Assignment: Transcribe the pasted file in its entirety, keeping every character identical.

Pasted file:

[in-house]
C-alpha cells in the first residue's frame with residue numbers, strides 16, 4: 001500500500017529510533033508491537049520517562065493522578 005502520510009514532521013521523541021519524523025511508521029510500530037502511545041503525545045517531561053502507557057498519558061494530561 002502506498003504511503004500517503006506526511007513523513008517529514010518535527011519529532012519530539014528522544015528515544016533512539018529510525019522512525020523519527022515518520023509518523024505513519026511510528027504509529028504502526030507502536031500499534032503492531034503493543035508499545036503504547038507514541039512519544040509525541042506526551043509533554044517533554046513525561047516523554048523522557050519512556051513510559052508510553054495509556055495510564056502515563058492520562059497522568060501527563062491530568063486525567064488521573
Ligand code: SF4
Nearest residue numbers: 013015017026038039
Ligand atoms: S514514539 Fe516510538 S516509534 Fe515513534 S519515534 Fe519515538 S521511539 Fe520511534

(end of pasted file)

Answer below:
[in-house]
C-alpha cells in the first residue's frame with residue numbers, strides 16, 4: 001500500500017529510533033508491537049520517562065493522578 005502520510009514532521013521523541021519524523025511508521029510500530037502511545041503525545045517531561053502507557057498519558061494530561 002502506498003504511503004500517503006506526511007513523513008517529514010518535527011519529532012519530539014528522544015528515544016533512539018529510525019522512525020523519527022515518520023509518523024505513519026511510528027504509529028504502526030507502536031500499534032503492531034503493543035508499545036503504547038507514541039512519544040509525541042506526551043509533554044517533554046513525561047516523554048523522557050519512556051513510559052508510553054495509556055495510564056502515563058492520562059497522568060501527563062491530568063486525567064488521573
Ligand code: SF4
Nearest residue numbers: 013015017026038039
Ligand atoms: S514514539 Fe516510538 S516509534 Fe515513534 S519515534 Fe519515538 S521511539 Fe520511534